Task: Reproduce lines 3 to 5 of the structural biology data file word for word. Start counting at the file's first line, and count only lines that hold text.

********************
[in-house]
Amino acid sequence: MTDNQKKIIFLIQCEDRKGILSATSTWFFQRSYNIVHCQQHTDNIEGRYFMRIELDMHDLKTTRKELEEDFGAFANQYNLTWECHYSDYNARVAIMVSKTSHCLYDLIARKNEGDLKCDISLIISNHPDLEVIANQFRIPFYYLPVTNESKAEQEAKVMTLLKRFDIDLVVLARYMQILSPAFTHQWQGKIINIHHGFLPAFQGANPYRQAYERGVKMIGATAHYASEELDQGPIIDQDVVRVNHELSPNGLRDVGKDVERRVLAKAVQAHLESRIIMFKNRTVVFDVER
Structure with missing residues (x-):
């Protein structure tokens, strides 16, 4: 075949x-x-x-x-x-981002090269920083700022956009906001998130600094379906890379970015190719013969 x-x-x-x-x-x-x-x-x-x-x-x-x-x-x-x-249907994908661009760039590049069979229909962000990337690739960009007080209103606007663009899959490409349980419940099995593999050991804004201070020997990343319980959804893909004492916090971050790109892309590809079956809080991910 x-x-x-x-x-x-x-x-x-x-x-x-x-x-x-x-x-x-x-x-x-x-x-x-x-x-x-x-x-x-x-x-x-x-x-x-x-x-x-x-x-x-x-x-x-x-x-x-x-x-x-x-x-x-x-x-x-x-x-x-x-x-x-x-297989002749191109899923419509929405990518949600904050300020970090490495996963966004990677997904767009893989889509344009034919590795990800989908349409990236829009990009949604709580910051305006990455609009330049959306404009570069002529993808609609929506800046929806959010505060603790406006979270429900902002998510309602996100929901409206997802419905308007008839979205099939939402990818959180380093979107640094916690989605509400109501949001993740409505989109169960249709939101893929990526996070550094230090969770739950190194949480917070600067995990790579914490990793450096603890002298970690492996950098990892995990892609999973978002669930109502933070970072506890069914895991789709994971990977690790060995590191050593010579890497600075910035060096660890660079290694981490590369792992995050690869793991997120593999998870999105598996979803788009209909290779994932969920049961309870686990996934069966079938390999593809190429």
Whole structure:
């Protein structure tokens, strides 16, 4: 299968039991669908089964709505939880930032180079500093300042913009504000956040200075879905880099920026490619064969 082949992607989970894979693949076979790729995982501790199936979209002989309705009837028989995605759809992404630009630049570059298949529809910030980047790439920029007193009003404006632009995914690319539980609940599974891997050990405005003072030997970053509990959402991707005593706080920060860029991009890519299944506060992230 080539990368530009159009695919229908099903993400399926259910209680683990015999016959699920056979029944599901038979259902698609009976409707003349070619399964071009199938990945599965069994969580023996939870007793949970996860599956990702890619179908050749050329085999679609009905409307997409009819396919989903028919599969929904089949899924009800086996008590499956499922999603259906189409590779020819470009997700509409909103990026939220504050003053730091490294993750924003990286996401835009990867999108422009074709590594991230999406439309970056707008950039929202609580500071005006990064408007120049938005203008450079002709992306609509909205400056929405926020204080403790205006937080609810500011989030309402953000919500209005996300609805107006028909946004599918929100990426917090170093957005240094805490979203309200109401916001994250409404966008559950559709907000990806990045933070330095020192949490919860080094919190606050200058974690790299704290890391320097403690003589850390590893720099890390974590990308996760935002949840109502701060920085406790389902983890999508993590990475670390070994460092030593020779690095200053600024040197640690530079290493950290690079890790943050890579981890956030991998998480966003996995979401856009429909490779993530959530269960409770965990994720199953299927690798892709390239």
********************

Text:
Structure with missing residues (x-):
């Protein structure tokens, strides 16, 4: 075949x-x-x-x-x-981002090269920083700022956009906001998130600094379906890379970015190719013969 x-x-x-x-x-x-x-x-x-x-x-x-x-x-x-x-249907994908661009760039590049069979229909962000990337690739960009007080209103606007663009899959490409349980419940099995593999050991804004201070020997990343319980959804893909004492916090971050790109892309590809079956809080991910 x-x-x-x-x-x-x-x-x-x-x-x-x-x-x-x-x-x-x-x-x-x-x-x-x-x-x-x-x-x-x-x-x-x-x-x-x-x-x-x-x-x-x-x-x-x-x-x-x-x-x-x-x-x-x-x-x-x-x-x-x-x-x-x-297989002749191109899923419509929405990518949600904050300020970090490495996963966004990677997904767009893989889509344009034919590795990800989908349409990236829009990009949604709580910051305006990455609009330049959306404009570069002529993808609609929506800046929806959010505060603790406006979270429900902002998510309602996100929901409206997802419905308007008839979205099939939402990818959180380093979107640094916690989605509400109501949001993740409505989109169960249709939101893929990526996070550094230090969770739950190194949480917070600067995990790579914490990793450096603890002298970690492996950098990892995990892609999973978002669930109502933070970072506890069914895991789709994971990977690790060995590191050593010579890497600075910035060096660890660079290694981490590369792992995050690869793991997120593999998870999105598996979803788009209909290779994932969920049961309870686990996934069966079938390999593809190429």
Whole structure: